Objective: To estimate the net growth in the risk of type 2 diabetes mellitus (DM) in the population of patients with schizophrenia that may be attributable to the increased use of the class of atypical antipsychotics (A-APDs), adjusting for community trends in DM risk.
Methods: Using data from the National Hospital Discharge Survey, we perform trend analyses for prevalence of DM and general illness unrelated to insulin resistance in patients with schizophrenia, as well as in individuals without known mental illness, during three time periods: 1) prior to any A-APDs introduction (1979-1989); 2) short-term after their introduction (1990-1995), and long-term following their introduction (1996-2001).
Results: Trends in DM and general illness risks were comparable among inpatients with schizophrenia and those without mental illness during the pre-A-APD era and the short-term post-A-APDs era. During 1996-2001, the net difference in DM prevalence grew at an increasing rate (0.7% per year, p<0.001). By 2001, over a base DM prevalence of 10% in patients with schizophrenia, 3.1 percentage points (p=0.016) could be attributed to the use of A-APDs. There was no significant net growth in the prevalence of general illness during this period for these patients. This growth was most pronounced among African-American females and middle aged (35-49 years old) patients. This increased risk of DM translates into additional direct medical costs of $800 million per year.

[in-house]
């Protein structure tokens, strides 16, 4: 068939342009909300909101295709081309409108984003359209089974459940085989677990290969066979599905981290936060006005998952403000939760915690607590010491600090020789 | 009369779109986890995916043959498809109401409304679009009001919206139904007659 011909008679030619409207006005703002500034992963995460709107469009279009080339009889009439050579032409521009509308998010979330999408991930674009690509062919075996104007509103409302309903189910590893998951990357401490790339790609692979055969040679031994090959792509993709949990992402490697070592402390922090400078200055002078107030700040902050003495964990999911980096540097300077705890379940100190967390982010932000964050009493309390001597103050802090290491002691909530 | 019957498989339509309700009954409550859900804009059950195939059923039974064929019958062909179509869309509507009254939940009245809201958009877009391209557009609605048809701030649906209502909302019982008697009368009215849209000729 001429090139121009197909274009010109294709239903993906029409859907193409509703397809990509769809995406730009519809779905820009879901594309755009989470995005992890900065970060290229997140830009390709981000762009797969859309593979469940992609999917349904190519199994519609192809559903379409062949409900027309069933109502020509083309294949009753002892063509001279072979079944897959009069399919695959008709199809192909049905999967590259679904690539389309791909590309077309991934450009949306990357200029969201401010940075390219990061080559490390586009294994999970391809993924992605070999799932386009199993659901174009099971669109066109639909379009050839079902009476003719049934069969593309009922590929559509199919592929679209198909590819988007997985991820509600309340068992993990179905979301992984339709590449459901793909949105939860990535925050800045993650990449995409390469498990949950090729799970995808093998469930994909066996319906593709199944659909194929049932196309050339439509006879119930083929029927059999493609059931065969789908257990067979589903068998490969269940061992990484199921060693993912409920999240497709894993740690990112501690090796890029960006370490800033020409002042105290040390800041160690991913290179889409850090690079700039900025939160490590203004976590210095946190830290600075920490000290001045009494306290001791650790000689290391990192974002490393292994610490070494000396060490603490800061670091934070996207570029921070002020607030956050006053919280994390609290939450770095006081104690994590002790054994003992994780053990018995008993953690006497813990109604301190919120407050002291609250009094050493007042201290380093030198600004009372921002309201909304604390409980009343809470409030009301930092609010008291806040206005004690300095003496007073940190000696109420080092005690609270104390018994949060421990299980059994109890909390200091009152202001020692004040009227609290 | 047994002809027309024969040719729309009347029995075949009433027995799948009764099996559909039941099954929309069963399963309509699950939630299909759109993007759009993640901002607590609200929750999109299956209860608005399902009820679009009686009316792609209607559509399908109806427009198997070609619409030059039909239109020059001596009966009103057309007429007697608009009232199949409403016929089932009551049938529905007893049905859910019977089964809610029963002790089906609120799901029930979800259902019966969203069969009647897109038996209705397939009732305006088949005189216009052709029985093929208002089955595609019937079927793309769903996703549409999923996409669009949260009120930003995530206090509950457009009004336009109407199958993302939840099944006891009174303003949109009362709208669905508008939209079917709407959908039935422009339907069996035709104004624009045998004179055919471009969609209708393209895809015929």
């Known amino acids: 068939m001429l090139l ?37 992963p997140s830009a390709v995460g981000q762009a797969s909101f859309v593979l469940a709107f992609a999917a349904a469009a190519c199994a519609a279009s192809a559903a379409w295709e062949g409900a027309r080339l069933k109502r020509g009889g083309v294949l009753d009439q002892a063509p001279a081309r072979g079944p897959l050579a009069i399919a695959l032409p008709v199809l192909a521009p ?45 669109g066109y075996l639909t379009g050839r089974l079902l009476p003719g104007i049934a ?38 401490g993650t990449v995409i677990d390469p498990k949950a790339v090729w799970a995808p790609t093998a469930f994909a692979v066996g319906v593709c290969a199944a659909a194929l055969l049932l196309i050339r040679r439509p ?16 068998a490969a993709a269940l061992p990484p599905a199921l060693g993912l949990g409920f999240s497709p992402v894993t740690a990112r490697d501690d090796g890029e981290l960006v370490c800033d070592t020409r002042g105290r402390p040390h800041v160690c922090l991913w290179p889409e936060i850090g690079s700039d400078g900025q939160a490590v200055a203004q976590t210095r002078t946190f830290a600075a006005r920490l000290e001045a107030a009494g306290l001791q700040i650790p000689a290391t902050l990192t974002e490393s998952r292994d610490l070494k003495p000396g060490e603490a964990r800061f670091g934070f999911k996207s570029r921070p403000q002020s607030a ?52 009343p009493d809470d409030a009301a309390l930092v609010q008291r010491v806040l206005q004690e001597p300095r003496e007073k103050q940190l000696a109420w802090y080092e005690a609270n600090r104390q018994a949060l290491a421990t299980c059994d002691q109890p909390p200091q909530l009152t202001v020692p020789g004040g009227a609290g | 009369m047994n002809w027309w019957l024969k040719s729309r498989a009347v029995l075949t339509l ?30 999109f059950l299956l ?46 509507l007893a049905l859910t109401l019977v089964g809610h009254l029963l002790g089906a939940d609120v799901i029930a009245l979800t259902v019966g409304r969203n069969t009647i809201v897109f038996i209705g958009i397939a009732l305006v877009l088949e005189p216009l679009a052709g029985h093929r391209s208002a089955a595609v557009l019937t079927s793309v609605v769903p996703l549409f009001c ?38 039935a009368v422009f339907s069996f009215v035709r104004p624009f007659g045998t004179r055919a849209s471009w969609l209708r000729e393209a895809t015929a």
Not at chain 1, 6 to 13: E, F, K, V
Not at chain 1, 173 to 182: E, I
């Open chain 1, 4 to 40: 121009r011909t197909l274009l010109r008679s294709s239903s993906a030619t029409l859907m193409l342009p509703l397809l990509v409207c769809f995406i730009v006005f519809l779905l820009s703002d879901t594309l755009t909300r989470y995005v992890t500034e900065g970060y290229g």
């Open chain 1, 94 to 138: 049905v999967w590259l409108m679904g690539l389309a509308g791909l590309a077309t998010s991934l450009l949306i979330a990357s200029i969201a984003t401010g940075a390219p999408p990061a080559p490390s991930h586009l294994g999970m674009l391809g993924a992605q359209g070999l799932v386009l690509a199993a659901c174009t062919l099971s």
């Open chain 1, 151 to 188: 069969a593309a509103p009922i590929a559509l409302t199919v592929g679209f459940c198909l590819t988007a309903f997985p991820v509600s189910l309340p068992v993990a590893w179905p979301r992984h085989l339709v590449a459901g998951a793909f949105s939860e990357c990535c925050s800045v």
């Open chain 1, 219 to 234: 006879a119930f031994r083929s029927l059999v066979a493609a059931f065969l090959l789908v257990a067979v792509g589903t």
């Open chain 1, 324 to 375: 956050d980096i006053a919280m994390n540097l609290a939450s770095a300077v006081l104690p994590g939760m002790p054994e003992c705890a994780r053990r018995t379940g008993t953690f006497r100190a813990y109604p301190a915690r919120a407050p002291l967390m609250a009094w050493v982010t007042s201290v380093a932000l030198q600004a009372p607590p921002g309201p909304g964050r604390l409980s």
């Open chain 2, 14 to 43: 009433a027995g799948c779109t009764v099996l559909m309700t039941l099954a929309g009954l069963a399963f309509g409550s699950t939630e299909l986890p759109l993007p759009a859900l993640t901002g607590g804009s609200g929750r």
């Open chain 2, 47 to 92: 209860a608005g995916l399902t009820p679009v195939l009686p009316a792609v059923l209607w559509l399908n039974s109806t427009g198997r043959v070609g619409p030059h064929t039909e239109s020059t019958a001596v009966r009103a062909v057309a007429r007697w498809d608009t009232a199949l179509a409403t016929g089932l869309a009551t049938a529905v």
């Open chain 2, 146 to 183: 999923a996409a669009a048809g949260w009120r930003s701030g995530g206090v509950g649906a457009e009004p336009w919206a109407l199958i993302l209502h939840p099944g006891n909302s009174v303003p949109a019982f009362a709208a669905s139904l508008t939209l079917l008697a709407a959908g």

Conclusions: The introduction of A-APDs, after a lag period, is associated with increased risk of DM. This needs to be considered in light of the advantages of these drugs in efficacy and tolerability. Long-term studies are necessary to identify the effect of individual A-APDs on DM risk.